Defining a functional network homeostasis after stroke: EEG-based approach is complementary to functional MRI

Pietro Caliandro, Giuseppe Reale, Fabrizio Vecchio, Chiara Iacovelli, Francesca Miraglia, Gianvito Masi, Paolo Maria Rossini

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1 Citazioni (Scopus)


We have read with great interest the article by Adhikari et al . entitled ‘Decreased integration and information capacity in stroke measured by whole brain models of resting state activity’ recently published in Brain (Adhikari et al. , 2017). The authors of this excellent article found that the brain network functional connectivity, evaluated by functional MRI, is impaired among subjects with subacute stroke, being the graph theoretical measures of integration and segregation decreased. This kind of network reorganization occurs both in the whole cerebral network and in the seven resting state subnetworks [dorsal attention network (DAN), ventral attention network (VAN), motor network, visual network, frontal parietal network (FPN), language network (LAN) and default mode network (DMN)]. In particular, the integration is decreased among all resting state net- works, while the segregation, intended as mean information capacity, is decreased globally and among DAN and FPN resting state networks. In this frame, we would like to convey an analogous and complementary EEG-based approach that could add more ‘dynamic’ information about functional cortical connectivity, being EEG signals directly related to the cyclic firing of the neuronal assemblies, reaching thus a temporal discrimin- ation—particularly when fast EEG rhythms are con- sidered—of few tens of milliseconds. Requiring a balance in the brain activity between local specialization and global integration (Tononi et al ., 1994), properly quantified by a small-world network model (Watts and Strogatz, 1998), characterized by high clustering coefficient (index of functional segregation) and short path length coefficient (index of functional integration) (Bassett and Bullmore, 2006; Stam and Reijneveld, 2007), we evaluated via EEG the small-world characteristics (small-worldness) of resting state cortical networks in 30 consecutive patients with acute ischaemic stroke (Caliandro et al. , 2017). In fact, using the eLORETA software (Pascual-Marqui, 2002), it is possible to reconstruct 42 regions of interest, corresponding to 42 Brodmann areas, for each hemisphere, and to calculate the current density time series of the regions of interest (lagged linear coherence) (Pascual-Marqui, 2007; Pascual- Marqui et al ., 2011) between all possible pairs of the regions of interest for each of the seven independent EEG frequency bands of delta (2–4Hz), theta (4–8Hz), alpha 1 (8–10.5Hz), alpha 2 (10.5–13Hz), beta 1 (13–20Hz), beta 2 (20–30Hz), and gamma (30–45Hz) rhythms for each subject. Given this, an EEG-derived cortical network in which the nodes are represented by the Brodmann areas and the edges are weighted by lagged linear connectivity values can be reconstructed (Pascual-Marqui, 2007). The aforementioned EEG- and graph theory-based approach allowed us to find network rearrangement in a frequency-dependent modality doi:10.1093/brain/awx271 BRAIN 2017: 140; 1–2 | e71 Advance Access publication November 3, 2017 ß The Author (2017). Published by Oxford University Press on behalf of the Guarantors of Brain. All rights reserved. For Permissions, please email: Downloaded from by universit� cattolica del sacro cuore user on 20 February 2018 (Caliandro et al. , 2017). In particular, in the delta band we found a decreased small-worldness (similar to the rearrangement in delta band, we found a bilateral theta band small-worldness reduction only in patients with left hemispheric stroke). On the hand, we found an increased small-worldness in alpha 2 band. It is noteworthy that the abovementioned network changes were found in the hemi- sphere ipsilateral to the ischaemic lesion, in the contralateral hemisphere and in the whole brain. Compared with the Adhakiri et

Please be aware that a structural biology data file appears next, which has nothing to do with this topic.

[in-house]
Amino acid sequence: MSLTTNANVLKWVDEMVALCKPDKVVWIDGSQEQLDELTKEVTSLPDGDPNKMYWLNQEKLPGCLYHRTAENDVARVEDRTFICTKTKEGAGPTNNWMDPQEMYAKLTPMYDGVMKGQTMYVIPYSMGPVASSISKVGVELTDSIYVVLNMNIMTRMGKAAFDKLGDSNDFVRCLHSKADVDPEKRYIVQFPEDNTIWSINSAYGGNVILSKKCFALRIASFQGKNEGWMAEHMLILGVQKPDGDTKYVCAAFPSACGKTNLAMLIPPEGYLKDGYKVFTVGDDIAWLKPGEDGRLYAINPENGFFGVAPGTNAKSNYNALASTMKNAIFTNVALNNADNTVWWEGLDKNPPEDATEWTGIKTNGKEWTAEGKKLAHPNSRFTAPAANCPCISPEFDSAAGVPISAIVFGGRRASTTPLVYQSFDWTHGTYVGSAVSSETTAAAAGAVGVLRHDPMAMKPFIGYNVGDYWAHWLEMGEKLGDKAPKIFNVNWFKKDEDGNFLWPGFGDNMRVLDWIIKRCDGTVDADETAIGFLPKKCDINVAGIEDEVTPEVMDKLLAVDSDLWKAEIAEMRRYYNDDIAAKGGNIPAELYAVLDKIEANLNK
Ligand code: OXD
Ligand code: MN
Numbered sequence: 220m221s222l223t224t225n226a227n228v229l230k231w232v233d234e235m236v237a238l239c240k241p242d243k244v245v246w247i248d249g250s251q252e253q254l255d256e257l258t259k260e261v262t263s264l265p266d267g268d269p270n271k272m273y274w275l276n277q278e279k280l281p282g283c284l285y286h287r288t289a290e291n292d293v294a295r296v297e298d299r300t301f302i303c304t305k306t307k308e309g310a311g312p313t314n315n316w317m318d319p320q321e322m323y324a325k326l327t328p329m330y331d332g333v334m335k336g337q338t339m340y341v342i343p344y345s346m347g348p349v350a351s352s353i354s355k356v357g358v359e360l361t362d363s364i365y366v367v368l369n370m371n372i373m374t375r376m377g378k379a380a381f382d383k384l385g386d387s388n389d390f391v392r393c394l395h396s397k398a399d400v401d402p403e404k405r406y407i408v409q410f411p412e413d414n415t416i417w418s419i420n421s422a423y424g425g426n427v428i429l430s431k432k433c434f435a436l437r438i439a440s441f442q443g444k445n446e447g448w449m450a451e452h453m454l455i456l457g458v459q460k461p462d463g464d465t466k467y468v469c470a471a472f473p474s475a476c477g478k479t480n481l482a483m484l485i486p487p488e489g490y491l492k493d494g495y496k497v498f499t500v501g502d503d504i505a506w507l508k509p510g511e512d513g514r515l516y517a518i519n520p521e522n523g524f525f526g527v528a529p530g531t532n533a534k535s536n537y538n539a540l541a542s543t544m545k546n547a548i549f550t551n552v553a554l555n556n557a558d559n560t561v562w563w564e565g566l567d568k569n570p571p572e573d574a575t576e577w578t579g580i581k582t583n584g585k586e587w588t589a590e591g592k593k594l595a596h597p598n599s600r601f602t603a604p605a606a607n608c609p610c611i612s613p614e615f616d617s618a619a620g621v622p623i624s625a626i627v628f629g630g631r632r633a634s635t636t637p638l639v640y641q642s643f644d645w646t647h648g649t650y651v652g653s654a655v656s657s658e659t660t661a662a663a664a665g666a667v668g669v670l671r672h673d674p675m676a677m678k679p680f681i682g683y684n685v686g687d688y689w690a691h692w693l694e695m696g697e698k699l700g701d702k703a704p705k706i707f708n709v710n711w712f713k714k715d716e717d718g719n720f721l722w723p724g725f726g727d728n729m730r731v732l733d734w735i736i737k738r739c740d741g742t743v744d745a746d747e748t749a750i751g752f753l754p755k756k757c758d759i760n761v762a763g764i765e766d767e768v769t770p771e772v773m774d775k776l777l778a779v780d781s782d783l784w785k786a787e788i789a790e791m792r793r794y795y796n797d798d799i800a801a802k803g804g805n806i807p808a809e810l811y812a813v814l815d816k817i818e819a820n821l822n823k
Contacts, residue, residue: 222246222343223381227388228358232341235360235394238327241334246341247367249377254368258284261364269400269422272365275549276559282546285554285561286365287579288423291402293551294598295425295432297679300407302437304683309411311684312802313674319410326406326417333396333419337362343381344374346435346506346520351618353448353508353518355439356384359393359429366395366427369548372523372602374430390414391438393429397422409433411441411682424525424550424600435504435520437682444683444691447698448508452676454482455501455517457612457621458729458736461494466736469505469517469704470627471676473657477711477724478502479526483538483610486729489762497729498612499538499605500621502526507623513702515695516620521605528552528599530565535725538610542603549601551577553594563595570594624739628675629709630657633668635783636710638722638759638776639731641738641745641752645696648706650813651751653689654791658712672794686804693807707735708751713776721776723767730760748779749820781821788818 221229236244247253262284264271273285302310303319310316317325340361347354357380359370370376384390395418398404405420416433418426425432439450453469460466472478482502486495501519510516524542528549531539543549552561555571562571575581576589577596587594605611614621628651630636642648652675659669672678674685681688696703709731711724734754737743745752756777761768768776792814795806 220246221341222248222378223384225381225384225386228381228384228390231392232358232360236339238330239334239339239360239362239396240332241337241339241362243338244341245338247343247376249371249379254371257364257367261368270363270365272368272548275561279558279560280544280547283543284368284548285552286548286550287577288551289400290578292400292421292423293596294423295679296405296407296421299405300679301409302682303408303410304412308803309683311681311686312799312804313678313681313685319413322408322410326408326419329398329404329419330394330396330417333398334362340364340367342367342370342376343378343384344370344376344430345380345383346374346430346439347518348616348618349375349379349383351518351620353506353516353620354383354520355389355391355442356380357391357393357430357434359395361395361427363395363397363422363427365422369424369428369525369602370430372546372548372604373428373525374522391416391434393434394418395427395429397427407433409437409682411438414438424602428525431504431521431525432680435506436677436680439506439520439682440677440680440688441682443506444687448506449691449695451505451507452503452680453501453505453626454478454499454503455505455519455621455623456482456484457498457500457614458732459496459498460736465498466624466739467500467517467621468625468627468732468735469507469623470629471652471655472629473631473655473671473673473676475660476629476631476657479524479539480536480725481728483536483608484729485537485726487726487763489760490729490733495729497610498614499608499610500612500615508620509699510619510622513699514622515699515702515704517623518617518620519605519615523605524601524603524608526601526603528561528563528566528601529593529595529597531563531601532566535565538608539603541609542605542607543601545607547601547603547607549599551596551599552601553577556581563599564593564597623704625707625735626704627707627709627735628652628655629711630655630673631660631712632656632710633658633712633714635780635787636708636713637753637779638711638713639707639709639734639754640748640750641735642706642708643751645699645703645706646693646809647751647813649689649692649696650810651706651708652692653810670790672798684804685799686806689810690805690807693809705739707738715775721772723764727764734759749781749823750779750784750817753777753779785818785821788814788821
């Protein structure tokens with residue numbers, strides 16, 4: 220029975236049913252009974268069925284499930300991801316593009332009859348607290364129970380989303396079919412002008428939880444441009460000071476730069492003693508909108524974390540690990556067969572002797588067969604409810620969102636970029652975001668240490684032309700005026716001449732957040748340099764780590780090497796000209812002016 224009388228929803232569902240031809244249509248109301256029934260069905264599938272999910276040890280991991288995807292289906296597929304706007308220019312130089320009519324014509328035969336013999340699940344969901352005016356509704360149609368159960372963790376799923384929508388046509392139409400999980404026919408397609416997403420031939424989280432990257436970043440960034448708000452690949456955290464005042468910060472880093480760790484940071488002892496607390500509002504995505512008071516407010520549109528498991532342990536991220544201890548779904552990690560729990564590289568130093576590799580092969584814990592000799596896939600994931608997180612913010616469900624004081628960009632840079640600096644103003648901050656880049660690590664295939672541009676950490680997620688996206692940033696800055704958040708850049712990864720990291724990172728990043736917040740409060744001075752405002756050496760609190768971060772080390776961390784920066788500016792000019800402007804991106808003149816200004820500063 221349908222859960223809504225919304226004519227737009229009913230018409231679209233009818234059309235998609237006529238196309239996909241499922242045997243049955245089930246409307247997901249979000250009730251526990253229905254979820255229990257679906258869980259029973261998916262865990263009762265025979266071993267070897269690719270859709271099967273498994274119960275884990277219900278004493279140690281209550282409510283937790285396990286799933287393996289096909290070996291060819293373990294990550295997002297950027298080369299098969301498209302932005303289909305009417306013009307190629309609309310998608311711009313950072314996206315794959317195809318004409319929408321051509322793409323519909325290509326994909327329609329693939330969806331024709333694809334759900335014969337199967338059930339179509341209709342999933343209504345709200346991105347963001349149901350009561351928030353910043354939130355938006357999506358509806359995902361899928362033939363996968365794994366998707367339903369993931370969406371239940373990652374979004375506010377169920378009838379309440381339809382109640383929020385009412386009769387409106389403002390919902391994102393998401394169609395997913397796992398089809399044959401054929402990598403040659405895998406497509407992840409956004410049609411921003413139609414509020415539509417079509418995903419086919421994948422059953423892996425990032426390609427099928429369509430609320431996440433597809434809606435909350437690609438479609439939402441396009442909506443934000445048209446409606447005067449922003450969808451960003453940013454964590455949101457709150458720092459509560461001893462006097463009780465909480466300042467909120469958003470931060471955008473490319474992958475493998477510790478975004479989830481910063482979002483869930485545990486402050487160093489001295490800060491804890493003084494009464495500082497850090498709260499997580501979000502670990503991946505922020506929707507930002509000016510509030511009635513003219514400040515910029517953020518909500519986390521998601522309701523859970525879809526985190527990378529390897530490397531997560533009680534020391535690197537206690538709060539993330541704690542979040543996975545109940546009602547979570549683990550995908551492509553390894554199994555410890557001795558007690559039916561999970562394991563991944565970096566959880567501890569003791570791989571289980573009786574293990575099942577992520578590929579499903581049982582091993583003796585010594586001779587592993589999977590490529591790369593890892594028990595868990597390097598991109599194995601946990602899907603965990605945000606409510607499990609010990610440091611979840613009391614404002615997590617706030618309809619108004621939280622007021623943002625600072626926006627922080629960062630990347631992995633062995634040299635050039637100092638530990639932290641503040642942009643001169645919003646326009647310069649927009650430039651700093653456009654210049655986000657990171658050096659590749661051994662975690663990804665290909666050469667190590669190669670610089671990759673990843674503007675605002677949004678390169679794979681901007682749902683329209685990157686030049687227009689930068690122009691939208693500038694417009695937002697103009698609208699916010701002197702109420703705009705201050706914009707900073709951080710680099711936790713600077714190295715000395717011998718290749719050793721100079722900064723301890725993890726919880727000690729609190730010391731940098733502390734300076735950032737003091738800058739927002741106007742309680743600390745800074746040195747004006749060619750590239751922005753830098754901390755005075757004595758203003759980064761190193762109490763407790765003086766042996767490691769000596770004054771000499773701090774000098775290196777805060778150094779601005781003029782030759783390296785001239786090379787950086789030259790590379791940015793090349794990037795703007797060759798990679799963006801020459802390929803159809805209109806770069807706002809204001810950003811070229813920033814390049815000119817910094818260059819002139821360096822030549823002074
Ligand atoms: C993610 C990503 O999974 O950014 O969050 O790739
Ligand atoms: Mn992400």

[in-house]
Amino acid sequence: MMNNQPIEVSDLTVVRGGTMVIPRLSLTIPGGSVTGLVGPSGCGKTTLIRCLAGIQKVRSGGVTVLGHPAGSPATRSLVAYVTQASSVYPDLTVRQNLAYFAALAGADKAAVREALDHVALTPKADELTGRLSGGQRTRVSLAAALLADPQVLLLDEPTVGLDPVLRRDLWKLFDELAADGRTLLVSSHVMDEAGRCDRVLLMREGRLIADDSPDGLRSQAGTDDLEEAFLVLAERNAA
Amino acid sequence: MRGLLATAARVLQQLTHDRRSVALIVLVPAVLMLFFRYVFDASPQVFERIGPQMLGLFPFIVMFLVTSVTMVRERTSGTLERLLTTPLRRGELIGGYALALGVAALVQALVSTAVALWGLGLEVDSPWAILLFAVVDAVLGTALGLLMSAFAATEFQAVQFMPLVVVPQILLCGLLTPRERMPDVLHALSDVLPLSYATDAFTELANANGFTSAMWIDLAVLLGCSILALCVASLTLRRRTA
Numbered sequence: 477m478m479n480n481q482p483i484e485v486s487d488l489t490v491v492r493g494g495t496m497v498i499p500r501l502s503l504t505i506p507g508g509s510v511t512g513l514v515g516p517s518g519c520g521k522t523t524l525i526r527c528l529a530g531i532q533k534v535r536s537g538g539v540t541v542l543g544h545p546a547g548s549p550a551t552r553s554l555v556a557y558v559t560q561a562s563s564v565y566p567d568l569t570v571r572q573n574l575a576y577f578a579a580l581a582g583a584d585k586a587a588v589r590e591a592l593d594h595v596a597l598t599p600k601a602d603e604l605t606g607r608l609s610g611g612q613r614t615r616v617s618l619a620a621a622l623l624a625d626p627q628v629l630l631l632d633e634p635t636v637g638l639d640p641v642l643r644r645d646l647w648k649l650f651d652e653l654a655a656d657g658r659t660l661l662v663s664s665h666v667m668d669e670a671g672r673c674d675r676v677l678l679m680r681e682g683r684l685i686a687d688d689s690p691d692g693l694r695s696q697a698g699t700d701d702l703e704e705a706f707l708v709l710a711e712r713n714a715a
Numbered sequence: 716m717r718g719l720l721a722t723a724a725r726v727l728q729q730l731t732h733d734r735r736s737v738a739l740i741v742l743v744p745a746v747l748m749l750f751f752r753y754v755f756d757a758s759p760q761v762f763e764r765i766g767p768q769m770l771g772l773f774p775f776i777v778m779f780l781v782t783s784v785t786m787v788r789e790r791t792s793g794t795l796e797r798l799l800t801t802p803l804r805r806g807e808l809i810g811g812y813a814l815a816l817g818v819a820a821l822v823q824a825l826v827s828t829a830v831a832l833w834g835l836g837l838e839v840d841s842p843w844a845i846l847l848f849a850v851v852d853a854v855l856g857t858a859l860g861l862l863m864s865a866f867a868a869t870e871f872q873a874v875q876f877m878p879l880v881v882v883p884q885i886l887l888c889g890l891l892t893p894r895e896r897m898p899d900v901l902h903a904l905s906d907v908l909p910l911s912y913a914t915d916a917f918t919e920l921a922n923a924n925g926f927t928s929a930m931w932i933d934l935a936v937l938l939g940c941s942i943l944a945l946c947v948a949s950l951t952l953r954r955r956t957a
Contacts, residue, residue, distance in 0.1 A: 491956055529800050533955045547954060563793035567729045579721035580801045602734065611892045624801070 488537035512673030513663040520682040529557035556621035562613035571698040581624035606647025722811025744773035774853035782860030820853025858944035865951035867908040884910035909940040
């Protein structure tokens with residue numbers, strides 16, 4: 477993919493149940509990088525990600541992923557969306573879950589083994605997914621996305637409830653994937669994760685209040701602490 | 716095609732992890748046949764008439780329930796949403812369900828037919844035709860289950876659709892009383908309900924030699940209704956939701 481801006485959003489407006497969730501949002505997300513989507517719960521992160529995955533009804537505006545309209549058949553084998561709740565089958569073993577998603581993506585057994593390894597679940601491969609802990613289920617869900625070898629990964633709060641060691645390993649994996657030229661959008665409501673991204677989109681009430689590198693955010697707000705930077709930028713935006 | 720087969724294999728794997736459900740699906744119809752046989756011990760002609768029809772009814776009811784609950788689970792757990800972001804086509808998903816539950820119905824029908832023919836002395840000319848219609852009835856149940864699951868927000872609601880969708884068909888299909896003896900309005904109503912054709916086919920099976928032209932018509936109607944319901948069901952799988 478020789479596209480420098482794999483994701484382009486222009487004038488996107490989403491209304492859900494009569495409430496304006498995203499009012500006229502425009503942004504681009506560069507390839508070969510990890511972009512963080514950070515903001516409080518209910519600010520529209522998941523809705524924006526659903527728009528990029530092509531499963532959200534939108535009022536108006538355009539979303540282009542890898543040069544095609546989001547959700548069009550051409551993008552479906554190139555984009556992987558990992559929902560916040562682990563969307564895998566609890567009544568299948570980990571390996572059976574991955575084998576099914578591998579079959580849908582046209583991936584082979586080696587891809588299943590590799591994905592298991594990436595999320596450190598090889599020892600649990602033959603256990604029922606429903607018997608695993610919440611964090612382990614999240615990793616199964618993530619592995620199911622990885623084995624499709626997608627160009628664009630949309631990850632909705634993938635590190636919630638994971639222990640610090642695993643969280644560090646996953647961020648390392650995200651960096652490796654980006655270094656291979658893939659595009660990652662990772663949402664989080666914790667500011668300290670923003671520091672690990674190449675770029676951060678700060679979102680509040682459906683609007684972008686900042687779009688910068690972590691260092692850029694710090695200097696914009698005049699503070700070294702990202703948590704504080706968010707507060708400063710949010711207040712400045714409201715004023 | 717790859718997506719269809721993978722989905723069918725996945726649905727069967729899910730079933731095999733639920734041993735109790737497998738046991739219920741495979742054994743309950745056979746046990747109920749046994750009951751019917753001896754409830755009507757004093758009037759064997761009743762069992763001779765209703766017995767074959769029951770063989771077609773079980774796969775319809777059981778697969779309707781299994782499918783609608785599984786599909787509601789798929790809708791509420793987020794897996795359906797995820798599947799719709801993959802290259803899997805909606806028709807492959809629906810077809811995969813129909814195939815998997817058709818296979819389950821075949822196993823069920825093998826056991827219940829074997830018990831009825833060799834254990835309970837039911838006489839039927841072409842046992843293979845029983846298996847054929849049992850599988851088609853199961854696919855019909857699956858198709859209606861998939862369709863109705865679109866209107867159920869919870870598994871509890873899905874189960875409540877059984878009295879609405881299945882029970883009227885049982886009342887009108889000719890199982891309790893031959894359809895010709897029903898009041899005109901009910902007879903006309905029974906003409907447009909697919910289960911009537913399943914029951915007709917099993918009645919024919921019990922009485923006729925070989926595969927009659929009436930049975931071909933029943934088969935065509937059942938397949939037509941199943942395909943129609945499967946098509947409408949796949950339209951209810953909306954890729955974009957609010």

Lingua originaleEnglish
pagine (da-a)e71-e71
Stato di pubblicazionePubblicato - 2017


  • Neurology (clinical)


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